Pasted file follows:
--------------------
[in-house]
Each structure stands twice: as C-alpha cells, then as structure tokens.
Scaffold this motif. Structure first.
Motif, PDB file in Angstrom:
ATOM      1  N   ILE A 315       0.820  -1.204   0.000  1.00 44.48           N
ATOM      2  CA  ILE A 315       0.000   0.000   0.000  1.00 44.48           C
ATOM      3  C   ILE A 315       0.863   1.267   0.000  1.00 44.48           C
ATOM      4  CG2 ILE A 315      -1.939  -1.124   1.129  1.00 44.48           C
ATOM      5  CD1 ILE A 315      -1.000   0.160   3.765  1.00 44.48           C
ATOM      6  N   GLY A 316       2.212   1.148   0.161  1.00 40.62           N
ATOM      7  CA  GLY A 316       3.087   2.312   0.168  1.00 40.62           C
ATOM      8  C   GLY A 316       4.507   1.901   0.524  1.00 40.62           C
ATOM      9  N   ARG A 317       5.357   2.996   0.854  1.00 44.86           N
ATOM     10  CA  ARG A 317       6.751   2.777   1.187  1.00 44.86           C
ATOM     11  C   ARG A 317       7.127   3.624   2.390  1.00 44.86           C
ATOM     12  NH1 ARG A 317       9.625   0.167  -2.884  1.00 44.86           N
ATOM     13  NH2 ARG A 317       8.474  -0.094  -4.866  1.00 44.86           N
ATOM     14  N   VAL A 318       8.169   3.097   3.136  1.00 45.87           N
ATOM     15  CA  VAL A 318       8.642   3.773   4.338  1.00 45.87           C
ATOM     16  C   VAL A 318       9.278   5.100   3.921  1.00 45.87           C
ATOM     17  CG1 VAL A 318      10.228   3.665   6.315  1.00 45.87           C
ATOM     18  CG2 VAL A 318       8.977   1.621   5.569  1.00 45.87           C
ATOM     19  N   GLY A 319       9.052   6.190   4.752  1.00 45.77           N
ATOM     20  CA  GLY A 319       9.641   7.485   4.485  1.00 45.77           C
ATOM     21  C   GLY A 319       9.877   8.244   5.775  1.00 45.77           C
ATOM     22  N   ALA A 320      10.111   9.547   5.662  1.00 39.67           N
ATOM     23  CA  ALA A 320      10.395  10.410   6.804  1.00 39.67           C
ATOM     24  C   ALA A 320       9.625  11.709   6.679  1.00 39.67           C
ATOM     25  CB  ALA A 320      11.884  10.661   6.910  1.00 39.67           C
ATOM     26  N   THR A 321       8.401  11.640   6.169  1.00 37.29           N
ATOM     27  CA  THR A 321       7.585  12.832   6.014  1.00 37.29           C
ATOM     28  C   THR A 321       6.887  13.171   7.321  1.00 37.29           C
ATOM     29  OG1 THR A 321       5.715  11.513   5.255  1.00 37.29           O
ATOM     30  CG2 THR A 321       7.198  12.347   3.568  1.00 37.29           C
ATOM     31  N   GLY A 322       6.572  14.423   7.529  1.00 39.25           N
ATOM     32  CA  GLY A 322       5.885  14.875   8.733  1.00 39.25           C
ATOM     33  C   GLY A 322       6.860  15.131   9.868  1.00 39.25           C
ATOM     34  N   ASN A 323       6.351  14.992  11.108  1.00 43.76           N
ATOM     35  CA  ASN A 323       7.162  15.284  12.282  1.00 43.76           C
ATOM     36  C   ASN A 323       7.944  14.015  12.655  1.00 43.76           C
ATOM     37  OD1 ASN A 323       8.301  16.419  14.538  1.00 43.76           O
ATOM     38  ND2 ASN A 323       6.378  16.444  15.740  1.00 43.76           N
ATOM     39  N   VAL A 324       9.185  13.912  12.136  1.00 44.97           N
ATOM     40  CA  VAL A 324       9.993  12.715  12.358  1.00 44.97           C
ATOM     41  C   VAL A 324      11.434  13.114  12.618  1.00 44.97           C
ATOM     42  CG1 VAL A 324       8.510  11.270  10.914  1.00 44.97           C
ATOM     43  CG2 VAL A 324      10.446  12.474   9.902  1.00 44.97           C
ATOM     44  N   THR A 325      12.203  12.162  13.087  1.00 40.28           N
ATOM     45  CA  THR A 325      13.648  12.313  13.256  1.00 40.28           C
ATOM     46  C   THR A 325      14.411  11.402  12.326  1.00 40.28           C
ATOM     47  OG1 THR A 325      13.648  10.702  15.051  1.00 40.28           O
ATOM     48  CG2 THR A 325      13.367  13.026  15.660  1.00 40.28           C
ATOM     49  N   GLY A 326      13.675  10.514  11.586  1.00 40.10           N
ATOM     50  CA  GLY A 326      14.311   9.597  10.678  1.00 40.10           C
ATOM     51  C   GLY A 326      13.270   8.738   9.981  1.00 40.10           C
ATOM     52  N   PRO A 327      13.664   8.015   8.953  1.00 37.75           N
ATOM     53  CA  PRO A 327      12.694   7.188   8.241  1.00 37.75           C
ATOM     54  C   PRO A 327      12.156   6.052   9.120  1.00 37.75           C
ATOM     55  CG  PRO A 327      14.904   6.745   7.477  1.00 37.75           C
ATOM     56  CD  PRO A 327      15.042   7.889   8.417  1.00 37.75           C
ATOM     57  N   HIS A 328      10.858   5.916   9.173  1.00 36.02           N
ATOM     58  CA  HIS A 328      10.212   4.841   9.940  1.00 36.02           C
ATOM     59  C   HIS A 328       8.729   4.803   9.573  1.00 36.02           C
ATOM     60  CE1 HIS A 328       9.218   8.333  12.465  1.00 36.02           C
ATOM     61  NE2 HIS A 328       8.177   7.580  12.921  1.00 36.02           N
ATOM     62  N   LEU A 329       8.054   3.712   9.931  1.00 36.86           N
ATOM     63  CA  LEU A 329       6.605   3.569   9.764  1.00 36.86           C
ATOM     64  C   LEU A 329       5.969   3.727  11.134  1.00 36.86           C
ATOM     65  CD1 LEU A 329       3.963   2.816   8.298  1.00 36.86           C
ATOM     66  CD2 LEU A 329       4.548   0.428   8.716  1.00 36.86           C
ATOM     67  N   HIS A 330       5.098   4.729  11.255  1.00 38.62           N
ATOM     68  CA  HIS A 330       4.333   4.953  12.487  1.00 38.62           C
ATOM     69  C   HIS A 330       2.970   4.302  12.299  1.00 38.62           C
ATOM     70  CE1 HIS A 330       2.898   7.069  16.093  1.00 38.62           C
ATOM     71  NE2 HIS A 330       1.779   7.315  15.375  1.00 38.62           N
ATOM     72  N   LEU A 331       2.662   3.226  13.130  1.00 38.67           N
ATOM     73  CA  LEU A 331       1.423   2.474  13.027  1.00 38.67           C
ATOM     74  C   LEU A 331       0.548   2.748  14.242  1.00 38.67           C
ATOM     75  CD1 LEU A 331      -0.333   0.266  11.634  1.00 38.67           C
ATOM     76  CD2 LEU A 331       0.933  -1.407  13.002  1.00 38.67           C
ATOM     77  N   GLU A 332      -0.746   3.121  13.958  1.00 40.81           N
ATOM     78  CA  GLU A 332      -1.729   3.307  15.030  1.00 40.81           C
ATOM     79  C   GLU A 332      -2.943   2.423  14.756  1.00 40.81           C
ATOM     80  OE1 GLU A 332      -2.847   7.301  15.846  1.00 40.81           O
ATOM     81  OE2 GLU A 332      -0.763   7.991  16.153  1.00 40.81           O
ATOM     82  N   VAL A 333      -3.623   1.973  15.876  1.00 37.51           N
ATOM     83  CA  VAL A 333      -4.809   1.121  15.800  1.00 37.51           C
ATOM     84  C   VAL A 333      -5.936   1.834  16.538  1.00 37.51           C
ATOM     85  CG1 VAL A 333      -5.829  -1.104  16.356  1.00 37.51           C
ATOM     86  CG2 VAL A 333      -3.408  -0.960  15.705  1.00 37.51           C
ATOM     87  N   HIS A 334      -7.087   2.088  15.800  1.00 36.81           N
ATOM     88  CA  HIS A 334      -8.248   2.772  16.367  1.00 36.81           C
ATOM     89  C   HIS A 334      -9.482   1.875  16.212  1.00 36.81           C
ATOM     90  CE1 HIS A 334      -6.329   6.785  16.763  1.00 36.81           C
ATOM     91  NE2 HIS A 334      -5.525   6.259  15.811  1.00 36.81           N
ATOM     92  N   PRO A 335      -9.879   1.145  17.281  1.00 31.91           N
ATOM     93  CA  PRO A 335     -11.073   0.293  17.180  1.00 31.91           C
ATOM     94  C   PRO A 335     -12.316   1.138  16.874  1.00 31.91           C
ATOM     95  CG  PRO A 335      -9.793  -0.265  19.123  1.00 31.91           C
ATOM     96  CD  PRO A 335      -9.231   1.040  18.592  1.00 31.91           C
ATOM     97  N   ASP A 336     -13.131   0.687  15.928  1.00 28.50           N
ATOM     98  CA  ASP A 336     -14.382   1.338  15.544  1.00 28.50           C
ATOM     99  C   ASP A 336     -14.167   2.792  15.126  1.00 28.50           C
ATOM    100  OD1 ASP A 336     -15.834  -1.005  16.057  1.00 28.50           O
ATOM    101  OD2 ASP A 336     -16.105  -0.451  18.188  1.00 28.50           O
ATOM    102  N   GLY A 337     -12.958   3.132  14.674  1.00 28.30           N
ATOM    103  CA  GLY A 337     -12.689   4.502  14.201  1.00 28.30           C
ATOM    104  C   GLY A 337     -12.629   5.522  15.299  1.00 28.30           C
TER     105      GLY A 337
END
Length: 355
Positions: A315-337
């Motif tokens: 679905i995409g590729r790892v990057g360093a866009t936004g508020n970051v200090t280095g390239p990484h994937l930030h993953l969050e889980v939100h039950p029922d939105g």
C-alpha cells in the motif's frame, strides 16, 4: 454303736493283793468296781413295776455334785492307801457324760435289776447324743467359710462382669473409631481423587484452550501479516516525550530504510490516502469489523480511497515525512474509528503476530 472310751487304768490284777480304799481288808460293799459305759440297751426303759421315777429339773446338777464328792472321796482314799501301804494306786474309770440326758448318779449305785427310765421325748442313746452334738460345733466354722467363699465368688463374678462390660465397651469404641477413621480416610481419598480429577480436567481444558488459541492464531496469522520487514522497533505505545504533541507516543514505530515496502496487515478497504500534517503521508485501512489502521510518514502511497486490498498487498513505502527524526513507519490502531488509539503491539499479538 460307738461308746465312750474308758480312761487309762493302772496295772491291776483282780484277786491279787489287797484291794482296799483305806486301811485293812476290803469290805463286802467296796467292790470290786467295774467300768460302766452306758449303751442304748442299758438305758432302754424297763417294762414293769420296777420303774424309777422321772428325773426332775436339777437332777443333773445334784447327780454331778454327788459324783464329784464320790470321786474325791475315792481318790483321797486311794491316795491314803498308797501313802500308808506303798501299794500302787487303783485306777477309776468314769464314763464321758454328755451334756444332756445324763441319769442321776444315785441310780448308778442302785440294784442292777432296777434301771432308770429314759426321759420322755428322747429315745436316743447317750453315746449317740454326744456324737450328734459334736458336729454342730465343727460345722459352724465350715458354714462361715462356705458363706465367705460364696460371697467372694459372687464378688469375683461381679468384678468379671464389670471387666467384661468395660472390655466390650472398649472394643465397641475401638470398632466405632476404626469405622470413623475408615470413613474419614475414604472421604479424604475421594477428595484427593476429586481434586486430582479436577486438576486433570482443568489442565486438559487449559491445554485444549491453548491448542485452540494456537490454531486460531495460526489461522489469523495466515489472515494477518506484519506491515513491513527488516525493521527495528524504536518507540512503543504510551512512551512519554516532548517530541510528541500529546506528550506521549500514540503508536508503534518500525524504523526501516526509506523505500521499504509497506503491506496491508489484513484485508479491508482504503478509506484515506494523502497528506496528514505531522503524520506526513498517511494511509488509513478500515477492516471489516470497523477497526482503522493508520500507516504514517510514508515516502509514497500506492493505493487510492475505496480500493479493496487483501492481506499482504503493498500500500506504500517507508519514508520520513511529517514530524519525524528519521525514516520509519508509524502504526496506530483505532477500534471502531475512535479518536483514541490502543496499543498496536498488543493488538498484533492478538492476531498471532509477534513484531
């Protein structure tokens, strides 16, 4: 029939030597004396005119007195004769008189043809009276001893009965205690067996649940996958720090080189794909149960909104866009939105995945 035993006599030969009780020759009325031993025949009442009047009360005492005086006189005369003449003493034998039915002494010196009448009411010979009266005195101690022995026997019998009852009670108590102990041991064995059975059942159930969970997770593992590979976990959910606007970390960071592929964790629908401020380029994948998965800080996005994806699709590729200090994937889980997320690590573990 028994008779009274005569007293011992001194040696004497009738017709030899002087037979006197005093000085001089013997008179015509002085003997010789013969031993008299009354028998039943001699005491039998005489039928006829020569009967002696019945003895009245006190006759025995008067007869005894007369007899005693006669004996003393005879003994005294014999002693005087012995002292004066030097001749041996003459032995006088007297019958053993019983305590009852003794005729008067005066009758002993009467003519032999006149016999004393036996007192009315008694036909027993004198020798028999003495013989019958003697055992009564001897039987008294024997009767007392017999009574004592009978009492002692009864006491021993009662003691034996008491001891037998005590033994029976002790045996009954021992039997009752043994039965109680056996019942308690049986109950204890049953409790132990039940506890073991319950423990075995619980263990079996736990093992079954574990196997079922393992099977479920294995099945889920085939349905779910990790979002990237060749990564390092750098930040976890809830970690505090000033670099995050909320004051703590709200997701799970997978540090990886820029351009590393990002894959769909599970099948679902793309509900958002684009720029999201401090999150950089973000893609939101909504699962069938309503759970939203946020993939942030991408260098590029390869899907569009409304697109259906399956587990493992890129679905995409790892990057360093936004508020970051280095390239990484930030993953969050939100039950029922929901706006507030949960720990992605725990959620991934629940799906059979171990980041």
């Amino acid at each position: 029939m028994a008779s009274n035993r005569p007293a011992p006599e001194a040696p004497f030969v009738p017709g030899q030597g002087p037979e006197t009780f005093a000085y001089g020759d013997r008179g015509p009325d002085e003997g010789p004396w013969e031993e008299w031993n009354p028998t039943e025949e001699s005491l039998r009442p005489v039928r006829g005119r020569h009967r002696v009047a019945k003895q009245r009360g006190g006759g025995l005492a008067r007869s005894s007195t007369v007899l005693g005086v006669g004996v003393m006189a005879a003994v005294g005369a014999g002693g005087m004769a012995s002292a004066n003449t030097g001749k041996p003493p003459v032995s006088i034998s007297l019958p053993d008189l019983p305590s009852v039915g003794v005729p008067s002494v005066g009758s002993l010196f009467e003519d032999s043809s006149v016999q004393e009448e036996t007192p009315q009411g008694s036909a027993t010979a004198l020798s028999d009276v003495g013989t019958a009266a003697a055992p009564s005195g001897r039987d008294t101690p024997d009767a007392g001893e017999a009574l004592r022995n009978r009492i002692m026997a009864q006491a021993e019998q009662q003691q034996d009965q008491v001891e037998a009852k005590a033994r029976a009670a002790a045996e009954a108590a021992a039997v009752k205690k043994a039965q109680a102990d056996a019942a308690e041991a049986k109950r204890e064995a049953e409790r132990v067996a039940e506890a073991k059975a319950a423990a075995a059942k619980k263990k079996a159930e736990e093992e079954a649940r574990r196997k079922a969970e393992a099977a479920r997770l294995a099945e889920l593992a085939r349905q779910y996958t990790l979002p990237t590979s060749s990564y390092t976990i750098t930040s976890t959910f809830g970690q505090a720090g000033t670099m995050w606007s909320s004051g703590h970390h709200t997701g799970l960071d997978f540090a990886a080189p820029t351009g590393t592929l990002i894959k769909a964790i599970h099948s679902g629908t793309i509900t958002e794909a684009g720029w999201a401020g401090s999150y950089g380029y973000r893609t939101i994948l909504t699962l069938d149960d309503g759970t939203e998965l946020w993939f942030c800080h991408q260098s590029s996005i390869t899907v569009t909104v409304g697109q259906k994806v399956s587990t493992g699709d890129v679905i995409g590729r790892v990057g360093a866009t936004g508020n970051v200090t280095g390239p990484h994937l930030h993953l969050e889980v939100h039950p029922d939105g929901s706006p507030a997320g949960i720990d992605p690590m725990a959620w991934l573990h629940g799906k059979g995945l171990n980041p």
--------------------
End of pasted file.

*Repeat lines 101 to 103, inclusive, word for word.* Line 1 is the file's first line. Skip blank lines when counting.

ATOM     97  N   ASP A 336     -13.131   0.687  15.928  1.00 28.50           N
ATOM     98  CA  ASP A 336     -14.382   1.338  15.544  1.00 28.50           C
ATOM     99  C   ASP A 336     -14.167   2.792  15.126  1.00 28.50           C